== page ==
wildflower walking Holidays in the Pyrenees
an explosion of colour in wildflower-strewn meadows ~ hundreds of rare species
some of the best floral sites in Europe
In early spring, the rugged grandeur of the mountains is complemented by a profusion of flowers, equal to any in Europe for beauty and variety. This will provide great pleasure for all and a unique experience for the botanical enthusiast.
The Pyrenees is a floral crossroads where the alpine gentians, primulas and pasque flowers of northern Europe meet the wild daffodils of the Iberian peninsula. Many species are unique and such is the variety (with around 160 endemic species) that the Pyrenees are often referred to as the Flower Garden of Europe.
By June as the snow recedes and the hillsides come to life, elegant pink snowbells and pyrenean buttercups are some of the first flowers to emerge. Carpets of wild daffodils are punctuated by vibrant blue gentians, cowslips, oxslips, burnt tip orchids and swathes of pink and yellow elder-flower orchids. By running water the dramatic yellows of marsh marigolds and globeflowers can be seen from afar, whilst closer inspection reveals purple large-flowered butterworts, dainty pink birds-eye primroses and a dazzling array of moisture loving orchids.
While out in the open, the feathery plumes of the Pyrenean asphodel reach for the skies, the equally stunning St Bruno, St Bernard and martagon lillies, can often be found nestling in shady spots.
Two endemics worthy of particular note are the Ramonda (often found in shady crevices with purple flowers rising from rosettes of fleshy green leaves); and in the limestone rocks and crags, the striking Saxifraga longifolia both of which you will not see anywhere else in the world. For a few weeks in June the delicate Lady’s Slipper also flowers in the Valle de Tena, which is so rare all viewings are conducted under the watchful eye of a local guard!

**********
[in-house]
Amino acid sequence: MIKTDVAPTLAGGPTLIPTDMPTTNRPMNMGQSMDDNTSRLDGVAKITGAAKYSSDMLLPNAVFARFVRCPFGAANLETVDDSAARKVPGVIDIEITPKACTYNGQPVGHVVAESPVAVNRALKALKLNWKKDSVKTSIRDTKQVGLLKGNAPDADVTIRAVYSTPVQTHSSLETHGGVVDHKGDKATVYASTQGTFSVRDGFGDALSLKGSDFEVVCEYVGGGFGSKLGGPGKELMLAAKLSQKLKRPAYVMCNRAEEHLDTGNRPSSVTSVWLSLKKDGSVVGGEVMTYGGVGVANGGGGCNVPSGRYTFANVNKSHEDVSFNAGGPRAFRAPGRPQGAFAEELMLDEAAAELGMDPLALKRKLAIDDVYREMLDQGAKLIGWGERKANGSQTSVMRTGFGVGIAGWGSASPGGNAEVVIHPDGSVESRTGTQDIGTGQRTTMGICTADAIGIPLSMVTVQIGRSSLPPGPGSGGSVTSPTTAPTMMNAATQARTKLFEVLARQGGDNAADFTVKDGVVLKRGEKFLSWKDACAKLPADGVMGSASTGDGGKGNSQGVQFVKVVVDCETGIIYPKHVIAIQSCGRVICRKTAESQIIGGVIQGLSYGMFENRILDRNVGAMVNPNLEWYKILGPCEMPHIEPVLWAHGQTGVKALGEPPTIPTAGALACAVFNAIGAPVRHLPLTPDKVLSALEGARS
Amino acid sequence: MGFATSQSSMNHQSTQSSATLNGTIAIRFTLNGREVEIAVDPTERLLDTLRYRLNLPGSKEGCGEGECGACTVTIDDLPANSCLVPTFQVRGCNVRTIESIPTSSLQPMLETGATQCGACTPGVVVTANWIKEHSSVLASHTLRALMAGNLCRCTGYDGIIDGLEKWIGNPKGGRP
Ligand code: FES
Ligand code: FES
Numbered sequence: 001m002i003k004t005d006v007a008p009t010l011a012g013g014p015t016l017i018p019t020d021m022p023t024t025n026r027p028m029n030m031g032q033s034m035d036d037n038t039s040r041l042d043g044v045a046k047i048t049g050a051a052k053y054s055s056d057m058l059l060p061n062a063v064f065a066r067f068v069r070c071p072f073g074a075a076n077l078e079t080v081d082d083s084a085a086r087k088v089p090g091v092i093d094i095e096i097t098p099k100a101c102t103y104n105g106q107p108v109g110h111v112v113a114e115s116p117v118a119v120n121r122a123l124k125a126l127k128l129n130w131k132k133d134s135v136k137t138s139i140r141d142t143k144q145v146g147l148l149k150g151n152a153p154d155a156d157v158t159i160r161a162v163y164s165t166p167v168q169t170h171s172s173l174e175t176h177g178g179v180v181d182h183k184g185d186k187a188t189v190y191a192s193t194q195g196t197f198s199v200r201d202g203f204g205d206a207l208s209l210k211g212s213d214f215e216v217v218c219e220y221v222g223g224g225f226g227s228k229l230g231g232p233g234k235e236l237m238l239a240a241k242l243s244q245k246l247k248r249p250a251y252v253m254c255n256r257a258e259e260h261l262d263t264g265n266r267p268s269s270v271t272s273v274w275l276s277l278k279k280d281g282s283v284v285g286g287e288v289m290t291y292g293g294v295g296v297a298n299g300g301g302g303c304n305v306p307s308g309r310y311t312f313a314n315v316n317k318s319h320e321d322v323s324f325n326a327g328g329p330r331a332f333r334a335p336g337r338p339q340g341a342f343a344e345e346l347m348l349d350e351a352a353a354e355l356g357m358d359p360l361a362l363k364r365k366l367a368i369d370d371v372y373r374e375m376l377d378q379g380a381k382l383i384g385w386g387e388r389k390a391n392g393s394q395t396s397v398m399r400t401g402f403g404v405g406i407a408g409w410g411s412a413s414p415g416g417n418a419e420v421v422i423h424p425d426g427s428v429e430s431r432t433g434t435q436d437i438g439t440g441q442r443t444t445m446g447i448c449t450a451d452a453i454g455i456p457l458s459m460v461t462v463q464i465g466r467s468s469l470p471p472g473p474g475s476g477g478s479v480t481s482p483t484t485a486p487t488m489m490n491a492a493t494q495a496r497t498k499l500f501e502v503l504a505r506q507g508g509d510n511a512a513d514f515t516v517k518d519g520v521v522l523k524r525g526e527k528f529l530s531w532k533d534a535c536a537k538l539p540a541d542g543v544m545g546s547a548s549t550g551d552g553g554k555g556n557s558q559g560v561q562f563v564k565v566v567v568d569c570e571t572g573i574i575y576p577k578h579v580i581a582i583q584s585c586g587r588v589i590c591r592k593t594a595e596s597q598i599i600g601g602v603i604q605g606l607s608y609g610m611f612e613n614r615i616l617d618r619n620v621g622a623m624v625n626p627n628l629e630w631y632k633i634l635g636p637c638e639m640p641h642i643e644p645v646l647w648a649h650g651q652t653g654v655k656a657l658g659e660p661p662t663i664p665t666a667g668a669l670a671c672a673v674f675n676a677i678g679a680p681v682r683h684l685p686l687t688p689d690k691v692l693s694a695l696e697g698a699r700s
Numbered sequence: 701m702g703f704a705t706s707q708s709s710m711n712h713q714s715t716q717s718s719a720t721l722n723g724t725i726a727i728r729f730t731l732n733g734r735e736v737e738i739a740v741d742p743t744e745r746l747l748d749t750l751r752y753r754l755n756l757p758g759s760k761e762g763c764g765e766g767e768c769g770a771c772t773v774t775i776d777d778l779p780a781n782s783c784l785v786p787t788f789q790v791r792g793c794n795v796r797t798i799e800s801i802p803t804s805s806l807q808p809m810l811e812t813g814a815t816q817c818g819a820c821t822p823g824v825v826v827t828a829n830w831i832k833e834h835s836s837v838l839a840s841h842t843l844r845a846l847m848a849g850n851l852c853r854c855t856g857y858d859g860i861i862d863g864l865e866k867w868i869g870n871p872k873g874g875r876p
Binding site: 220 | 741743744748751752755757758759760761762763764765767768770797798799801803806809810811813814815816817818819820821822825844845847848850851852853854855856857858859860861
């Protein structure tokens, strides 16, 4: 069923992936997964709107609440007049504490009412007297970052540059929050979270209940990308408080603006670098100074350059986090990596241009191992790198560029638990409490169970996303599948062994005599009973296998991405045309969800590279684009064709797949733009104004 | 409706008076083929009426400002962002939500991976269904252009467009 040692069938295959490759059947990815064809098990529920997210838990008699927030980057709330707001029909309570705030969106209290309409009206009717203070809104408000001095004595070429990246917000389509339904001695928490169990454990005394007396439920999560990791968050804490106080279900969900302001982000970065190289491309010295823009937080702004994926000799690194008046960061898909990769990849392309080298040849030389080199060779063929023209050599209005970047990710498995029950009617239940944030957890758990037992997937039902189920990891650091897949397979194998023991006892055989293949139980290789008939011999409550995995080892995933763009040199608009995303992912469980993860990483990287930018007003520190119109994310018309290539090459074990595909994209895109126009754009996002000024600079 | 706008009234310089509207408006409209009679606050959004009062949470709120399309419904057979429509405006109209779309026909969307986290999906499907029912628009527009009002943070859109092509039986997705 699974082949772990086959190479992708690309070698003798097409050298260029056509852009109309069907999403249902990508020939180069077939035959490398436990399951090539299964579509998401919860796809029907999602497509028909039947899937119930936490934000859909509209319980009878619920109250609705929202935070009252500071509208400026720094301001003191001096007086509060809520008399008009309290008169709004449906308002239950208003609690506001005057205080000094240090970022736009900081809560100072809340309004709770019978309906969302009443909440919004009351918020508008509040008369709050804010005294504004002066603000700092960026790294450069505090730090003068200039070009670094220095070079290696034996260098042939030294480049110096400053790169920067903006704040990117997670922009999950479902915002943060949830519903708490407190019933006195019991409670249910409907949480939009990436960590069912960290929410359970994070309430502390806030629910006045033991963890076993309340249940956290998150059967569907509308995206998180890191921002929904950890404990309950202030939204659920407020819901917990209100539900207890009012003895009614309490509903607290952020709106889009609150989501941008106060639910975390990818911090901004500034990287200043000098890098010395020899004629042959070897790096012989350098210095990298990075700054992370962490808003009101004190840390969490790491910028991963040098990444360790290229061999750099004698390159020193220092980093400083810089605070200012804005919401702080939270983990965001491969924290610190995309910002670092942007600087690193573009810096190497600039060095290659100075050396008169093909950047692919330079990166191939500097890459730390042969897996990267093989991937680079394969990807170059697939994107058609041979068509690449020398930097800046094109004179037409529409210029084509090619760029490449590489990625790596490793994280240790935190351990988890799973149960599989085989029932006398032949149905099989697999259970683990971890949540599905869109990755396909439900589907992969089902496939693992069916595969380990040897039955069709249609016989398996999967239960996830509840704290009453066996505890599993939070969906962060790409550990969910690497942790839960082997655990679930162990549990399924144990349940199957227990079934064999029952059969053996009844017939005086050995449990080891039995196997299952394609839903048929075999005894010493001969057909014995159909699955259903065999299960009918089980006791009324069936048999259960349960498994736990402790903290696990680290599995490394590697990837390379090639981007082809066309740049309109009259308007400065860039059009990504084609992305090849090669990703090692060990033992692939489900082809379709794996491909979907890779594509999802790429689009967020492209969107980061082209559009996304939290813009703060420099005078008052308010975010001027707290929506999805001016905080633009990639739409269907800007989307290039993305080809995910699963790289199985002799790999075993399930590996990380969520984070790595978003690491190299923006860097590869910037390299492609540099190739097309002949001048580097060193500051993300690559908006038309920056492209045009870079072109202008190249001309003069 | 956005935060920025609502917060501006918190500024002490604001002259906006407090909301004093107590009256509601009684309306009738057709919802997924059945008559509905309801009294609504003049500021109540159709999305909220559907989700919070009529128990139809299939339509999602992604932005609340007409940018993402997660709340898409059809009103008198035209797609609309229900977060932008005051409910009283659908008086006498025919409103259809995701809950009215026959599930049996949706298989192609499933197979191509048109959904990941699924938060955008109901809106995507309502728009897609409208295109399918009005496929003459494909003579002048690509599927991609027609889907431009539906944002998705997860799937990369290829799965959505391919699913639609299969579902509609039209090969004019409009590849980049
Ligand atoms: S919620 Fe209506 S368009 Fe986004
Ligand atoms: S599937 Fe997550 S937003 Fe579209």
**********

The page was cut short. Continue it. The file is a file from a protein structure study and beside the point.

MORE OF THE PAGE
By July two more beauties unique to the Pyrenees emerge and flood the slopes: the electric blue flowers and the silver prickly leaves of the Eryngium bourgattii and the large, elegant and purple English Iris. Great yellow gentians and false helleborines burst into flower. Simultaneously delicate spring squills, cross gentians, dark red helleborine and Edelweiss continue to enchant walkers.
Even as late as August and September, some flowers are still emerging for the first time such as the proud blue and yellow monkshoods, the deep purple cups of the autumn crocus, and the large sunflower like heads of the stemless Carline Thistle.
Whilst we do not offer dedicated flower walks in the Pyrenees, throughout June the easier of our two organised walks is likely to provide walkers, who are also flower enthusiasts, with plenty of opportunities to enjoy the amazing flora that is on display at this time of year.
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